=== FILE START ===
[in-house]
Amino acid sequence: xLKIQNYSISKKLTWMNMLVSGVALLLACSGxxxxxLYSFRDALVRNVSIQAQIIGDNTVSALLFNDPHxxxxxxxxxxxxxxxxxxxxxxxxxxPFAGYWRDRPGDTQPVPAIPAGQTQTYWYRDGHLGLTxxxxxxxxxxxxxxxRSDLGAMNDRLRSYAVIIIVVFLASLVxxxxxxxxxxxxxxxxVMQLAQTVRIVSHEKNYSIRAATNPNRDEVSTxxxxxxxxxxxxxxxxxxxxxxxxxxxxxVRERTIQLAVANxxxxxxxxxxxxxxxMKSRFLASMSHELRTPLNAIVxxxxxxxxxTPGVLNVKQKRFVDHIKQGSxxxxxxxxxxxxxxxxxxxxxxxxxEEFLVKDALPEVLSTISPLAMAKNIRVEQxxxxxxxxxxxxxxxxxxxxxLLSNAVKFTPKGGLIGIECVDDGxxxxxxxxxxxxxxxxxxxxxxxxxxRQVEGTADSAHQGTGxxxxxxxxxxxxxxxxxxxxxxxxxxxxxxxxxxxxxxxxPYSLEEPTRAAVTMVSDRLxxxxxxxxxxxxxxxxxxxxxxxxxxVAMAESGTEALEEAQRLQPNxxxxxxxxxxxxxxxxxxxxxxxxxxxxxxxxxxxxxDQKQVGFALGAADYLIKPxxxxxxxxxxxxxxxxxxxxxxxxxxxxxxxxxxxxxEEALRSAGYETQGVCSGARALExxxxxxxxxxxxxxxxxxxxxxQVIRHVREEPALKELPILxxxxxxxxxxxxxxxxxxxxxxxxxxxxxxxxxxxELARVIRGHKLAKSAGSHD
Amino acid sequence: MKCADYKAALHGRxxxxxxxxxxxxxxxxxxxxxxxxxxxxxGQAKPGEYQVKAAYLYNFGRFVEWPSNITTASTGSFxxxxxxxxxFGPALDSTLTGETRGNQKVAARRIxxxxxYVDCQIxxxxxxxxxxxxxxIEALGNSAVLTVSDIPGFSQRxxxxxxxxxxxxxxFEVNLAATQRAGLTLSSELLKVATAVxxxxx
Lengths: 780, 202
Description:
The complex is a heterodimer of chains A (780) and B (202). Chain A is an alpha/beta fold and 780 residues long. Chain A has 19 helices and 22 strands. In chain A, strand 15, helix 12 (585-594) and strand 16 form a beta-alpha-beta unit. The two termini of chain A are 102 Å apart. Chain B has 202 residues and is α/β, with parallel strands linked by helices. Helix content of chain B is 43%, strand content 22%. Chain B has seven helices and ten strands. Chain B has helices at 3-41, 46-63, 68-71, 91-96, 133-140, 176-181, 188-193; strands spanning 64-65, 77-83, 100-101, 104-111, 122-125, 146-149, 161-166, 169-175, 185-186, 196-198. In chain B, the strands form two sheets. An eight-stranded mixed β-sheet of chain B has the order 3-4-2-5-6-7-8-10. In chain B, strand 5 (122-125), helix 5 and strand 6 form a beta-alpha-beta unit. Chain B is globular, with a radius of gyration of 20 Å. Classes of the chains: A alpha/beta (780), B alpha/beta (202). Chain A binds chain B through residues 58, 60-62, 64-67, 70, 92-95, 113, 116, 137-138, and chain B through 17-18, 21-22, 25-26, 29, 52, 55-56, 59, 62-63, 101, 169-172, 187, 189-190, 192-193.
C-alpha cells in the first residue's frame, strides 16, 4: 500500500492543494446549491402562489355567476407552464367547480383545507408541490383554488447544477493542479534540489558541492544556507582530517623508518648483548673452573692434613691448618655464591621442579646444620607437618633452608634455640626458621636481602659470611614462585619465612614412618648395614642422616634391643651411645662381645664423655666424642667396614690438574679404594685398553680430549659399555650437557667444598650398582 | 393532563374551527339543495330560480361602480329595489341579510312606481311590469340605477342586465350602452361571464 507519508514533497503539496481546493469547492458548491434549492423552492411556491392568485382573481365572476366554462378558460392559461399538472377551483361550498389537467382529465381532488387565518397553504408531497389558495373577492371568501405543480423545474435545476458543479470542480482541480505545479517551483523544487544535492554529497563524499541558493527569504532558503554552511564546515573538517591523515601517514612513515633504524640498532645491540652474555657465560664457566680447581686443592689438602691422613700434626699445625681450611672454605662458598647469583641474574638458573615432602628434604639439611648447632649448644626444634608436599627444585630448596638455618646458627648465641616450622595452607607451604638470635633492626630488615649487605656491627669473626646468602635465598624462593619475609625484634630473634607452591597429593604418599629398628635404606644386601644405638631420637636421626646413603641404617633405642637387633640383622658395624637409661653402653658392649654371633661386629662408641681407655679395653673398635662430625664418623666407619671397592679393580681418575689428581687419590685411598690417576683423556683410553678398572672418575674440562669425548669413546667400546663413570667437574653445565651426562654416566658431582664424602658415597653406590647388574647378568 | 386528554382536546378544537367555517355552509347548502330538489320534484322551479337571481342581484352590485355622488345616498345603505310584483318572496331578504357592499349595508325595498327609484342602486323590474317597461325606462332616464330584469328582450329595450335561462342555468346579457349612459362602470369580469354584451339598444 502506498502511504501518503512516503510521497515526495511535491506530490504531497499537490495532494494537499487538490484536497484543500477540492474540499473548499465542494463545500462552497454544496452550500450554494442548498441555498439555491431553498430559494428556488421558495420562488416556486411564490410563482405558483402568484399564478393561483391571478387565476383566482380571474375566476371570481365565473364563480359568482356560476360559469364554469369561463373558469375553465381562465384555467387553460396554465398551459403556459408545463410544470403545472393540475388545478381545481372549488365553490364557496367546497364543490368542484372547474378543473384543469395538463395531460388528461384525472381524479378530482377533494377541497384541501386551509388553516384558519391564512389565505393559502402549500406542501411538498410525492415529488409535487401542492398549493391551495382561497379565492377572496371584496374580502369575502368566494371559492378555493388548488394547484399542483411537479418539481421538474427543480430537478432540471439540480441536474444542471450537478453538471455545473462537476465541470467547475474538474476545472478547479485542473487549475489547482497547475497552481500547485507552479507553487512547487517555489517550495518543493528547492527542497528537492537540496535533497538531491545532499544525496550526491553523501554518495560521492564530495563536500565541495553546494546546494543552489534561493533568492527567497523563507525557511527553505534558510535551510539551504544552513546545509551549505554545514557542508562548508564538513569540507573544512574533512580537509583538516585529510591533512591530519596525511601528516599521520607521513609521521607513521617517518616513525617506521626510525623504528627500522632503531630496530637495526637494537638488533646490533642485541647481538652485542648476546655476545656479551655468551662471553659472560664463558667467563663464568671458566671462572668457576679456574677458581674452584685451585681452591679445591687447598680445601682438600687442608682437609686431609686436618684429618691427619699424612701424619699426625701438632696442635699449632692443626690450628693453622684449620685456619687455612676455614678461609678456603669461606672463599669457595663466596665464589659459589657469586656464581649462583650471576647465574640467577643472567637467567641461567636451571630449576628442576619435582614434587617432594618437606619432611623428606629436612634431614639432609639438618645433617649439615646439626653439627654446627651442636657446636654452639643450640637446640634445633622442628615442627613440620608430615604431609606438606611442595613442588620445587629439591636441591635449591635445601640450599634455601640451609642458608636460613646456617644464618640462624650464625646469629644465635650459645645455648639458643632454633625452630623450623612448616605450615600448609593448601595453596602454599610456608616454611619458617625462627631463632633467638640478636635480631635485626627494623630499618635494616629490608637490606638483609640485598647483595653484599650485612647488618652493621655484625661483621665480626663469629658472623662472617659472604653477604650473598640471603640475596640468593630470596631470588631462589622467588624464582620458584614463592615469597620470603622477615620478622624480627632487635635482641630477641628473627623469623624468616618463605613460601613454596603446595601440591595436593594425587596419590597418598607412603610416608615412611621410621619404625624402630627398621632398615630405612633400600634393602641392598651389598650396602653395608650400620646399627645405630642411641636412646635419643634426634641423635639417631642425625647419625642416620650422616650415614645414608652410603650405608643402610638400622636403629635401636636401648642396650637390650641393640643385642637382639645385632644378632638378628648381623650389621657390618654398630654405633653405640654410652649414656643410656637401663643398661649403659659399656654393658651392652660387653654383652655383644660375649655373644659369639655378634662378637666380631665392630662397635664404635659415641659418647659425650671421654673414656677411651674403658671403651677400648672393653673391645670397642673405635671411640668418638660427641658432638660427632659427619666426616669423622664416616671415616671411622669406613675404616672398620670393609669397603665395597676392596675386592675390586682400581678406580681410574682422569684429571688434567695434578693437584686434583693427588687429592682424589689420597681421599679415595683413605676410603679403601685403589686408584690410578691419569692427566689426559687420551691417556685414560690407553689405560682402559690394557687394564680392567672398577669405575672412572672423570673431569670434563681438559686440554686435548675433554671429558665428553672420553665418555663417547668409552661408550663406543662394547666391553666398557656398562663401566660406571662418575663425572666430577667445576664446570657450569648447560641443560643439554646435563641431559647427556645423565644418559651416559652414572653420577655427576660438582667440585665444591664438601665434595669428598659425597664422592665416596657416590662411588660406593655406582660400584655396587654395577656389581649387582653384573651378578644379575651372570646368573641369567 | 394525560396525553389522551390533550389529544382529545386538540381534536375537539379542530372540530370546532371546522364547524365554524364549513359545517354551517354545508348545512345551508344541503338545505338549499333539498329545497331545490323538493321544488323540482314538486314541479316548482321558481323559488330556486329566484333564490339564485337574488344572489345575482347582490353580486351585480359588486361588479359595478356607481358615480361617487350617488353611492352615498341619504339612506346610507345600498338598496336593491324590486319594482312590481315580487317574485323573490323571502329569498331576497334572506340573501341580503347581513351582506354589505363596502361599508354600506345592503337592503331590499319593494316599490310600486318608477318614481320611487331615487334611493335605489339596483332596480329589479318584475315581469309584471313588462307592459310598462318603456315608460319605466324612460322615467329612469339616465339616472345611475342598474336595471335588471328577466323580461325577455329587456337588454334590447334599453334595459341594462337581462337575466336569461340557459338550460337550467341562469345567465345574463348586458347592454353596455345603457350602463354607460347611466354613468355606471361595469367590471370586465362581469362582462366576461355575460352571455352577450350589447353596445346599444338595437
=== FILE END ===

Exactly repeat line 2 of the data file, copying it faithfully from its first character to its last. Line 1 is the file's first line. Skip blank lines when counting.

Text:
Amino acid sequence: xLKIQNYSISKKLTWMNMLVSGVALLLACSGxxxxxLYSFRDALVRNVSIQAQIIGDNTVSALLFNDPHxxxxxxxxxxxxxxxxxxxxxxxxxxPFAGYWRDRPGDTQPVPAIPAGQTQTYWYRDGHLGLTxxxxxxxxxxxxxxxRSDLGAMNDRLRSYAVIIIVVFLASLVxxxxxxxxxxxxxxxxVMQLAQTVRIVSHEKNYSIRAATNPNRDEVSTxxxxxxxxxxxxxxxxxxxxxxxxxxxxxVRERTIQLAVANxxxxxxxxxxxxxxxMKSRFLASMSHELRTPLNAIVxxxxxxxxxTPGVLNVKQKRFVDHIKQGSxxxxxxxxxxxxxxxxxxxxxxxxxEEFLVKDALPEVLSTISPLAMAKNIRVEQxxxxxxxxxxxxxxxxxxxxxLLSNAVKFTPKGGLIGIECVDDGxxxxxxxxxxxxxxxxxxxxxxxxxxRQVEGTADSAHQGTGxxxxxxxxxxxxxxxxxxxxxxxxxxxxxxxxxxxxxxxxPYSLEEPTRAAVTMVSDRLxxxxxxxxxxxxxxxxxxxxxxxxxxVAMAESGTEALEEAQRLQPNxxxxxxxxxxxxxxxxxxxxxxxxxxxxxxxxxxxxxDQKQVGFALGAADYLIKPxxxxxxxxxxxxxxxxxxxxxxxxxxxxxxxxxxxxxEEALRSAGYETQGVCSGARALExxxxxxxxxxxxxxxxxxxxxxQVIRHVREEPALKELPILxxxxxxxxxxxxxxxxxxxxxxxxxxxxxxxxxxxELARVIRGHKLAKSAGSHD